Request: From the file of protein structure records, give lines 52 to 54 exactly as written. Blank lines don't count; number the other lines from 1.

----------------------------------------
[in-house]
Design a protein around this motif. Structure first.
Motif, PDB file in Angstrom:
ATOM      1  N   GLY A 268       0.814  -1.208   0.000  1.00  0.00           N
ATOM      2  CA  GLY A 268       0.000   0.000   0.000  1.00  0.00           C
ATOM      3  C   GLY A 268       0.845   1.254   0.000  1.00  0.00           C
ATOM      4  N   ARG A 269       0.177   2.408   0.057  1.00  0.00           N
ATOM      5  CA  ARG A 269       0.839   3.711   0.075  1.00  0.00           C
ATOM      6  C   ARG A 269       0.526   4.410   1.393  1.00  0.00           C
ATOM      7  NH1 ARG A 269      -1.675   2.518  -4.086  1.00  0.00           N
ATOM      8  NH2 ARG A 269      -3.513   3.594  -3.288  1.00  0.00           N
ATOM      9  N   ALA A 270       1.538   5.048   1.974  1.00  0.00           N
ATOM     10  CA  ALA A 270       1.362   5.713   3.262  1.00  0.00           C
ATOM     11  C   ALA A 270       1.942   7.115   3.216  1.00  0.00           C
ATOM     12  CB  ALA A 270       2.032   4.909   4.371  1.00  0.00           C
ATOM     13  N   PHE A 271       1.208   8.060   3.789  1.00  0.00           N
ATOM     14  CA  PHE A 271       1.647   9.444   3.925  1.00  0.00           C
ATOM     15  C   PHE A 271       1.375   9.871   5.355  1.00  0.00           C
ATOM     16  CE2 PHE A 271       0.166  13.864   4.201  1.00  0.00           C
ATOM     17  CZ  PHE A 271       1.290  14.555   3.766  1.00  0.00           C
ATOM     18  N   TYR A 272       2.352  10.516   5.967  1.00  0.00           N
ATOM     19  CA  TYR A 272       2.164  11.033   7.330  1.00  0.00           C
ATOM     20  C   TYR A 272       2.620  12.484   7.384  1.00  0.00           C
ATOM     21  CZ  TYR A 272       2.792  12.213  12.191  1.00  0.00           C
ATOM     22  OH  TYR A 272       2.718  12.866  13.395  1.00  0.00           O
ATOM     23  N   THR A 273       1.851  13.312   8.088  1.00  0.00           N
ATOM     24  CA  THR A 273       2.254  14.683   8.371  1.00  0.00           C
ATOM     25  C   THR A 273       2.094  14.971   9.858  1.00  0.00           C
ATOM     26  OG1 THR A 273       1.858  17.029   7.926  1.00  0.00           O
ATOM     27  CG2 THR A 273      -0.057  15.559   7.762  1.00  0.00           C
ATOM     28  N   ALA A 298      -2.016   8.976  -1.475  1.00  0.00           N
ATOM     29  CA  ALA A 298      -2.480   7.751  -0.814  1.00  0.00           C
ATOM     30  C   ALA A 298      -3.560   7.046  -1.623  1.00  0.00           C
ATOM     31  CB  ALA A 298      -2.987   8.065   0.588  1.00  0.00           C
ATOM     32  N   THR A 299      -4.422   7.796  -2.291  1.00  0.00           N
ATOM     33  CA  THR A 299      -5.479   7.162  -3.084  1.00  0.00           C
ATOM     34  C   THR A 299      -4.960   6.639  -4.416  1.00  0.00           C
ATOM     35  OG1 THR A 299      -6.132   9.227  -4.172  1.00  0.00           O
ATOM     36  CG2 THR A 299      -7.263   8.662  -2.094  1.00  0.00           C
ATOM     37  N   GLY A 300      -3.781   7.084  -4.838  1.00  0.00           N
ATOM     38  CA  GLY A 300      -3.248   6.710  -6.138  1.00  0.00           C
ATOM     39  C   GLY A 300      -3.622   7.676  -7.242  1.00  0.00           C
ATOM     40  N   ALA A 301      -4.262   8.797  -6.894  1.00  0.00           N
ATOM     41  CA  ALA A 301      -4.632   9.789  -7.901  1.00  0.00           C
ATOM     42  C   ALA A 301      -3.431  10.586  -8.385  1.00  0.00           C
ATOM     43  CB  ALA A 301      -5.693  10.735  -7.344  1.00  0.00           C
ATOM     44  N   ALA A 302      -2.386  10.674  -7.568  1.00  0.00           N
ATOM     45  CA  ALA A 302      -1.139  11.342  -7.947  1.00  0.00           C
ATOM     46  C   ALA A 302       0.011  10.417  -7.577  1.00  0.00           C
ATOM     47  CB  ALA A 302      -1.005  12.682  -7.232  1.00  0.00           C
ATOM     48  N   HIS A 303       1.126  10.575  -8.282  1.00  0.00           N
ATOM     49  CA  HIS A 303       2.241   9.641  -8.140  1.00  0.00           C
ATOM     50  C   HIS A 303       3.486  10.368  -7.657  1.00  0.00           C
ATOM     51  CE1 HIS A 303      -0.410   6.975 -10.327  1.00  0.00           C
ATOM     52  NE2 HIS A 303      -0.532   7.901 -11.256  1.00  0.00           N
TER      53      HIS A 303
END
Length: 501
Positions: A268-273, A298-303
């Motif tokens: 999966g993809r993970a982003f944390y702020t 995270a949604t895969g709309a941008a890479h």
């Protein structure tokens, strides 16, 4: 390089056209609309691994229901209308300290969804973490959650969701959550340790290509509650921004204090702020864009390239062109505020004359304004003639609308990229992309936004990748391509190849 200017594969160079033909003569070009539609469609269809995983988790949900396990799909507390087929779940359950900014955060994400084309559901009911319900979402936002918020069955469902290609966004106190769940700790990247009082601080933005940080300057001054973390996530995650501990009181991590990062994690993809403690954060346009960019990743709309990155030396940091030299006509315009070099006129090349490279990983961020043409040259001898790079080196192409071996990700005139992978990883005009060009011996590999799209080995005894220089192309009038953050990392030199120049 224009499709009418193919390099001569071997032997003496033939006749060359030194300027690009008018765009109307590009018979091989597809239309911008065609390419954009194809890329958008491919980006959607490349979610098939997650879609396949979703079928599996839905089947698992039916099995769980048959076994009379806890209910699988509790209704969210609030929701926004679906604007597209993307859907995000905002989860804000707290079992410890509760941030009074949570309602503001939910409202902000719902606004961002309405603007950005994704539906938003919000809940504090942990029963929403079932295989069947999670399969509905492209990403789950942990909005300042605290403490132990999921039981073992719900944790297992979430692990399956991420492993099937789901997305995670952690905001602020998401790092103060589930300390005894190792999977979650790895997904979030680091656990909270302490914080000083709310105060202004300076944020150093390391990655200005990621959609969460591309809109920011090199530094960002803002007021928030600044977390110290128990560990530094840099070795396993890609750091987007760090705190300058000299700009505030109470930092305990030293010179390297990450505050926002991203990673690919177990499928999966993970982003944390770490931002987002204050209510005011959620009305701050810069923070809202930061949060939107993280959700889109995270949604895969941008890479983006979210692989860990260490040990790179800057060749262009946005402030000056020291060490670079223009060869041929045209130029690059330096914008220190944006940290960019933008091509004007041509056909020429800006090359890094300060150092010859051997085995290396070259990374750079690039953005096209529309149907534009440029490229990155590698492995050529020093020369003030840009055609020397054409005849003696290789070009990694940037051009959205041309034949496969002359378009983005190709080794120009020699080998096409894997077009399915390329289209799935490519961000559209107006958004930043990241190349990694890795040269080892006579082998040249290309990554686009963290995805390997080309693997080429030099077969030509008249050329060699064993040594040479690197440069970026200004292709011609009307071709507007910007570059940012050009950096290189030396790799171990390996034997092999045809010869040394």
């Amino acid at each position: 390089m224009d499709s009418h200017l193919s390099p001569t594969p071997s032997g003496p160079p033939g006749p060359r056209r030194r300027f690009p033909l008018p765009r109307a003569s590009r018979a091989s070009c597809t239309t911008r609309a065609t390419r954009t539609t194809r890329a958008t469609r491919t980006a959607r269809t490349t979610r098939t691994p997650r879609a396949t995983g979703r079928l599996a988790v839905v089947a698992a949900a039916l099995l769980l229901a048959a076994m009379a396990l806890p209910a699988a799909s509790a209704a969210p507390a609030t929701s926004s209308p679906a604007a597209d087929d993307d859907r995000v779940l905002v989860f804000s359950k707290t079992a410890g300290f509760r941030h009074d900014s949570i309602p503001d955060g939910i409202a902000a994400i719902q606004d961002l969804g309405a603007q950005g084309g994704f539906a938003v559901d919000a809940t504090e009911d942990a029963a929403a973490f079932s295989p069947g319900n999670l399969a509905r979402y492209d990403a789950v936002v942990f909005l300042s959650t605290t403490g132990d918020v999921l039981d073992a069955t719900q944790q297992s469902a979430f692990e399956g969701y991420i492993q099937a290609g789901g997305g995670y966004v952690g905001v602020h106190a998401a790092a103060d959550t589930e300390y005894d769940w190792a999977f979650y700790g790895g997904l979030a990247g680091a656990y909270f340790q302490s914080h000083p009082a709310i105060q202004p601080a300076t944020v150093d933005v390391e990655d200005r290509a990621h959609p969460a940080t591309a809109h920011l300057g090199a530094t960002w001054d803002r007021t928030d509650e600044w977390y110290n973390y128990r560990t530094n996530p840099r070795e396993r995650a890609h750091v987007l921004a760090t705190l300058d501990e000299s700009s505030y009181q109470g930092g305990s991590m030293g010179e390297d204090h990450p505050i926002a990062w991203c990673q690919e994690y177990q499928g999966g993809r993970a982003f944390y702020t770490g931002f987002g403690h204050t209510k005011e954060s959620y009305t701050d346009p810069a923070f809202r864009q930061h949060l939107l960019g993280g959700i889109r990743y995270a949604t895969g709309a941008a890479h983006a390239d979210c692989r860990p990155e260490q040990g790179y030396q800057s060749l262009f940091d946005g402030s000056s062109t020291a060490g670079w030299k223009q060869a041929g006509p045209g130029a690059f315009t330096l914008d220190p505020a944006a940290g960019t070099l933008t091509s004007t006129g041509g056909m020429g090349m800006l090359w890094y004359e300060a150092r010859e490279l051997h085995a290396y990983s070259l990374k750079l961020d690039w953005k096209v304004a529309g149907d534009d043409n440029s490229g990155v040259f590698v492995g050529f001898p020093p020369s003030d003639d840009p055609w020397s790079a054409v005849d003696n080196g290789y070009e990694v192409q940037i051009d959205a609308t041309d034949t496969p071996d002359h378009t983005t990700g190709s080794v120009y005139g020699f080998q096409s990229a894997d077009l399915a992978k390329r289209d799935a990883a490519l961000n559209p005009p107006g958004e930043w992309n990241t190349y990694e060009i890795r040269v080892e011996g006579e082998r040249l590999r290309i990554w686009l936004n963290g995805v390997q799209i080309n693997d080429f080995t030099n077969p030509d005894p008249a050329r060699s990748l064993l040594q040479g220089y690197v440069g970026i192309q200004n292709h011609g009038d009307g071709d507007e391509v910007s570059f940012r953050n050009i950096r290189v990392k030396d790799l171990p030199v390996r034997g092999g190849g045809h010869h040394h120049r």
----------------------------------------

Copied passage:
ATOM     49  CA  HIS A 303       2.241   9.641  -8.140  1.00  0.00           C
ATOM     50  C   HIS A 303       3.486  10.368  -7.657  1.00  0.00           C
ATOM     51  CE1 HIS A 303      -0.410   6.975 -10.327  1.00  0.00           C